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Pros: + Big battery
+ Easy configuration
+ Built-in SD reader with SDXC support
+ App that works, unlike competition
Cons: - Can't access NTFS disks
- No Ethernet
- No WPS
- One storage device at a time
Other Thoughts: The ADATA AE400 is the fifth wireless hotspot device I have owned. The others are the D-Link DIR-505 and DIR-506L and the TP-Link TL-MR3020 and TL-MR3040. Like all of these, the AE400 can wirelessly share a USB storage device and can turn a wireless access point, such as at a hotel or coffee shop, into its own wireless hotspot with multiple clients (10 in the case of the AE400.) Like the D-Link DIR-506L and TP-Link TL-MR3040, the AE400 contains an internal rechargeable battery that can not only power the device independently but can also charge phones.
Unlike the D-Link and TP-Link devices, the ADATA AE400 did not begin life as a router and then have the other functions grafted on - while the AE400 does serve a router function, it can't be set up as a wireless repeater nor does it have an Ethernet jack to turn a wired connection into wireless. It also lacks nearly all of the multitudinous settings the typical router has - all you can configure is the SSID name and the wireless password. You don't even get a choice of encryption type - WPA2 is it (not that there's anything wrong with that.) If you need QOS settings, IP reservations, built-in firewall, etc., the ADATA doesn't have them.
What it does have that the others do not is a much larger internal battery, that I found could power not only an iPhone but also an iPad (though I expect an iPad would not get a lot of charge out of the AE400.) It also has a built-in SD card reader capable of reading SDHC and SDXC cards. This can be used independently of the other functions by connecting a USB cable to a computer. If you want to wirelessly serve storage, you have to choose between the SD slot and the USB connection, you can't use both at the same time. Neither will the AE400 work with a USB hub. While I did find that the AE400 would power a Seagate 1TB disk drive I had, it supports FAT and exFAT drives only, not NTFS.
When serving storage, the AE400 uses SMB/CIFS, not DLNA. Many video player apps will support SMB, but some I have run into make you pay extra for the feature. I used Goodplayer on iOS and it worked well. ADATA claims that it will serve 720p video simultaneously to 10 devices, 1080p video to 5. It certainly performed well when I tried it with two devices.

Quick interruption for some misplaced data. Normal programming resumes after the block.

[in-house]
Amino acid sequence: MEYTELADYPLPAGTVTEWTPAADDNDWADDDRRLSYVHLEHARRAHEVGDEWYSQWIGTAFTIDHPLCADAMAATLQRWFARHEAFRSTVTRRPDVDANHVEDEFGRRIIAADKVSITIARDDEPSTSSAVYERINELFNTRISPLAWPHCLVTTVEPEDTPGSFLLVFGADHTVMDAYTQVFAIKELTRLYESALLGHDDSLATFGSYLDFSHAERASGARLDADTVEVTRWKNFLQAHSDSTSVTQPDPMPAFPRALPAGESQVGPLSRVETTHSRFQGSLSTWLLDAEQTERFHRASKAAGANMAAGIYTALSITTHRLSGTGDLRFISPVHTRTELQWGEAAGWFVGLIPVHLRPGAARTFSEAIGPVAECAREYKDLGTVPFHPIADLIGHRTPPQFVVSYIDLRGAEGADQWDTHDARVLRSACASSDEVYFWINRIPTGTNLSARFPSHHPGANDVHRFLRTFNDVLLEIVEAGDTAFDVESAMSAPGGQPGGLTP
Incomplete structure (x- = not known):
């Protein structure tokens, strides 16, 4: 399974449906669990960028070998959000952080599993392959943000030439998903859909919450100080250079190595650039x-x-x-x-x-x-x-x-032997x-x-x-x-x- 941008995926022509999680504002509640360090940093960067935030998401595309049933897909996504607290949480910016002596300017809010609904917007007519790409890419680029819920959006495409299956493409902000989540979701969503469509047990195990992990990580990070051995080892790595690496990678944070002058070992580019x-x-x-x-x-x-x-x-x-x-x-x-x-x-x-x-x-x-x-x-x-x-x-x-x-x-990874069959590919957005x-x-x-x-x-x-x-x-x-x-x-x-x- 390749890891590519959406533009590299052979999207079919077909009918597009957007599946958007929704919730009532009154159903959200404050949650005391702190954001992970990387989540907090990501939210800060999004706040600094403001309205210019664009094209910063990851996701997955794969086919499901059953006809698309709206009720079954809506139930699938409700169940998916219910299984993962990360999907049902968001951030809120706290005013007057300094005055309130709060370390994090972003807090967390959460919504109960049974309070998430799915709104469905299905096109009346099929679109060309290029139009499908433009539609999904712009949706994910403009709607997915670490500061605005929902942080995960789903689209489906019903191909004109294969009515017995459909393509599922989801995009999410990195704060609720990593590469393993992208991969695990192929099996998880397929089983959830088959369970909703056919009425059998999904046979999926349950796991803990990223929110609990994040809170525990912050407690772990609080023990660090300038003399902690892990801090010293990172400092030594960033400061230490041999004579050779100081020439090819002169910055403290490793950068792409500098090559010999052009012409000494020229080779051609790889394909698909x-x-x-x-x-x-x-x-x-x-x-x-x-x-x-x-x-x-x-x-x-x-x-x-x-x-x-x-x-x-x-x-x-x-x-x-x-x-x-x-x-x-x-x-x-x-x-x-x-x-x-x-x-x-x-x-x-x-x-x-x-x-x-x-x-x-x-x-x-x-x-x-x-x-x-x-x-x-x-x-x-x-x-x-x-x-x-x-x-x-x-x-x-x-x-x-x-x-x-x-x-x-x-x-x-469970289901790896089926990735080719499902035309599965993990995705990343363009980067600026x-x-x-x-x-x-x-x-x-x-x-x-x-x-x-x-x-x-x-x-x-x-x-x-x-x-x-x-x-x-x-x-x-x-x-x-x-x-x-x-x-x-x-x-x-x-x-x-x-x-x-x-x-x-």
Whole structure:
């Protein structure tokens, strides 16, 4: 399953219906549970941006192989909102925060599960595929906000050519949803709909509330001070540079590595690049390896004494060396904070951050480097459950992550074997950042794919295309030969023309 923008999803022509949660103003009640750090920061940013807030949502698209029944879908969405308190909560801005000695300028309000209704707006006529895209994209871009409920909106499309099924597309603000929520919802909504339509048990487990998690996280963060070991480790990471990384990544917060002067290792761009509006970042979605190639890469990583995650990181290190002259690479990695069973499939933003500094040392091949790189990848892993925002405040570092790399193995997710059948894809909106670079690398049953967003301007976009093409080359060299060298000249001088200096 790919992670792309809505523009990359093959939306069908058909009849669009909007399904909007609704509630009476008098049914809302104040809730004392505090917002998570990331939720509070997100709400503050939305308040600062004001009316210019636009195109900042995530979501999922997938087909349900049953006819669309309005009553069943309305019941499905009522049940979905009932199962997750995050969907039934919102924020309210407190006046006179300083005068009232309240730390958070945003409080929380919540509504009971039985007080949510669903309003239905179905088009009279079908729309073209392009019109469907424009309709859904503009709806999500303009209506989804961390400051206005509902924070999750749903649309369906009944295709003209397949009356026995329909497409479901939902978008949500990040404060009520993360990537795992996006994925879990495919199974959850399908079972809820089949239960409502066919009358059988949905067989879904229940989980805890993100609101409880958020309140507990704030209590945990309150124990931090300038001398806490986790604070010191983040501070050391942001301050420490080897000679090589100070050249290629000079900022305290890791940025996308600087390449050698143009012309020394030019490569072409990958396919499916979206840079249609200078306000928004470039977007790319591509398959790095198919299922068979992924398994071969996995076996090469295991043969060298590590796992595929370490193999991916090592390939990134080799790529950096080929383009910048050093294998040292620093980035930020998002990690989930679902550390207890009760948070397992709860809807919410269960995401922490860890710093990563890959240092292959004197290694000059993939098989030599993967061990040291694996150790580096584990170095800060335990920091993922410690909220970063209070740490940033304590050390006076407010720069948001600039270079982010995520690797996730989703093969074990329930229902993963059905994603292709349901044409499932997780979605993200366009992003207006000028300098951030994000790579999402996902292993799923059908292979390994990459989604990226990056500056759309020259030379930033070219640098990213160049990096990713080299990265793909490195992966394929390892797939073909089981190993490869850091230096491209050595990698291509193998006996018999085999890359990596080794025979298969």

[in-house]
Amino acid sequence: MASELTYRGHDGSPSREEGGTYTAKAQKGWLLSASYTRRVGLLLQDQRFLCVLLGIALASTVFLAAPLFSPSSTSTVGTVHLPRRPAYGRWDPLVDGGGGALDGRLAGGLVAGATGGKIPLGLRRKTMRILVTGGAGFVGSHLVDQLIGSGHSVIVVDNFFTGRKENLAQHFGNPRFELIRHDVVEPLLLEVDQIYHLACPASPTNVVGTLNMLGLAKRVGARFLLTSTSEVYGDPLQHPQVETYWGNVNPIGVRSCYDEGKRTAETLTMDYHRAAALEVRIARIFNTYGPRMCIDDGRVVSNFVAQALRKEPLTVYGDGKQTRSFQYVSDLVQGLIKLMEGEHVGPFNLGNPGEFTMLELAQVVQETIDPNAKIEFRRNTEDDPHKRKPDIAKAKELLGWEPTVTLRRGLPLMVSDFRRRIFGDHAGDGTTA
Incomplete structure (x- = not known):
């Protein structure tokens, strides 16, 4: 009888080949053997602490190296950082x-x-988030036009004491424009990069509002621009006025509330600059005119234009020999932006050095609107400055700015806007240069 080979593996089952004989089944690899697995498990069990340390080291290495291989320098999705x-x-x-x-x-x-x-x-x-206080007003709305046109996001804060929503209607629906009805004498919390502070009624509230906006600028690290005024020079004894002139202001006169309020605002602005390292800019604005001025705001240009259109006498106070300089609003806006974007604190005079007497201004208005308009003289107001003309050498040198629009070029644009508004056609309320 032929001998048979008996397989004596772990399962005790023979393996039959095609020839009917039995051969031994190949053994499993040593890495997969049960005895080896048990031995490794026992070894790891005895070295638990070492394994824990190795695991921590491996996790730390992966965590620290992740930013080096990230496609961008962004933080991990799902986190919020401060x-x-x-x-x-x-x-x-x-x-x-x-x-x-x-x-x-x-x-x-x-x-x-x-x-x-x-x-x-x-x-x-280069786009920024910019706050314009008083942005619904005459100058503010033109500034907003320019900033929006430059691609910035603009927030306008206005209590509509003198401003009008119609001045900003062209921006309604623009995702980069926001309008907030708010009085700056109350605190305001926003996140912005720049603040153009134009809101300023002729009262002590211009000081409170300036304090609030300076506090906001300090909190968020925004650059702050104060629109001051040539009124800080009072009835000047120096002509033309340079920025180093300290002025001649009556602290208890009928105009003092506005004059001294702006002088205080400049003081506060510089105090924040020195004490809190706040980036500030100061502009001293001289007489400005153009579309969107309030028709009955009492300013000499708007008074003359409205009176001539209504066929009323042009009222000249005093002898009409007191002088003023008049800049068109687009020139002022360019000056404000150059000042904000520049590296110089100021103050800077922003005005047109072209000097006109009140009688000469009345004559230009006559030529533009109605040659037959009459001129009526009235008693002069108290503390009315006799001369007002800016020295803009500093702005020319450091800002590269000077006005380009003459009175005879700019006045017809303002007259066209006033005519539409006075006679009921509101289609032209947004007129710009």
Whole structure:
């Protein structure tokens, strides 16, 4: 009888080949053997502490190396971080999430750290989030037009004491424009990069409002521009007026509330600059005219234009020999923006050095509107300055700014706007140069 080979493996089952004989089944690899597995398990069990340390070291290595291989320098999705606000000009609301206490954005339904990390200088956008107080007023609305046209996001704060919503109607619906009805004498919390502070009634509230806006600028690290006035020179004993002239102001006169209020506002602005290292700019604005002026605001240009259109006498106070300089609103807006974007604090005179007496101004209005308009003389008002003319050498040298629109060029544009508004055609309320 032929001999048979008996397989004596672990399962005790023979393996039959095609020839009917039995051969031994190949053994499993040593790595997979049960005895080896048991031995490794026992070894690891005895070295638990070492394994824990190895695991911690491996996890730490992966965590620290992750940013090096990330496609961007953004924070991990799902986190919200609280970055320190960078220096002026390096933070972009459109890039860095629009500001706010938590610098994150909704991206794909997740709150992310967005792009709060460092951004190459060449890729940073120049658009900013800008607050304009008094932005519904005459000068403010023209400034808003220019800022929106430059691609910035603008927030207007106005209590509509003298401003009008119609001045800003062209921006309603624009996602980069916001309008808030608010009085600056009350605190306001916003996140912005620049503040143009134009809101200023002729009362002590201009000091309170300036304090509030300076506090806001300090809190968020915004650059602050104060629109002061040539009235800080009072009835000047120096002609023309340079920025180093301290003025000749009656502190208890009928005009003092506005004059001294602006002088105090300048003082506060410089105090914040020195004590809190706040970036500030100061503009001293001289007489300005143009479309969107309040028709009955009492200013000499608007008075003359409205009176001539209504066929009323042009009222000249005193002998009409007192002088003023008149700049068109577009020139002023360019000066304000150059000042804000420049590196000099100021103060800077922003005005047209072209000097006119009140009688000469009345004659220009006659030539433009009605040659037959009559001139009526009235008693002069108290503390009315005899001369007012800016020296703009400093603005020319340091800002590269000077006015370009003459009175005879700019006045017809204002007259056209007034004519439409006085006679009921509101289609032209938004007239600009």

Like the D-Link devices, ADATA provides an app (iOS and Android) which can be used to upload, download and play files, as well as adjust settings on the AE400. The iOS app also allowed renaming, creation of new folders and deletion. It has a "move" function but I could not figure out how to use that. Unlike D-Link's app, the ADATA app works and doesn't crash if you look sideways at it.
If what you want is the ability to create your own WiFi hotspot, wirelessly serve media without requiring external power, and something that can double as a USB power source and SD reader, the AE400 is a great choice.
Pros: + Quiet, can't hear the fan at all (and I have a very quiet system)
+ Compact board fits in many cases
+ Applications that can use OpenCL or CUDA see a good performance boost
Cons: - Overall graphics performance not what I thought it would be
- No description of what software is on the accompanying CD
Not an issue with the card, but expect to have lots of trouble with MSI's rebate site. I never managed to get it to give me a form to print.
Other Thoughts: First of all, I am not a gamer. So don't ask me if this card will let you play game X at frame rate Y. I primarily bought this to take advantage of the OpenCL and CUDA acceleration for software I use, including Adobe Photoshop and DxO Optics Pro.
Like user Hank, I was disappointed to see that the Windows Experience Index for graphics went DOWN for me, from 7.1 (a two+ year old ATI Radeon HD3780) to 6.9. I had expected it to do a bit better. But the graphics performance is adequate for me, so that's not a big deal. I did install the latest drivers from Nvidia rather than the older ones on the software CD.
On the other hand, I was blown away by the performance improvement in DxO Optics Pro. An image that normally took a minute and a half to process was done in 15 seconds! My CPU is quite ancient by this time, the original Intel Core 2 Duo E6700, so it was no surprise that when I ran the Futuremark tests it did so poorly. I don't blame the MSI card for that. Ivy Bridge is com
Other Thoughts: I used this 2-pack to upgrade an Intel DX58SO/Core i7-965 system that had three 1GB "noname" RAM sticks. Though this CPU has three memory channels, it can work with two (or even one), so putting the two Patriot sticks in the appropriate B and C channel slots (per the Intel motherboard manual) worked fine.
When I reran the Windows Experience Index, the Memory score increased from 5.9 to 7.6! The system feels faster and I can see that Windows 7 is taking advantage of the increase from 3GB to 8GB.
As someone who remembers paying over $200 for 4MB (yes, MB) of RAM for his first PC, the fact that I can buy 8GB of fast RAM for under $30 (after MIR) is just mind-boggling.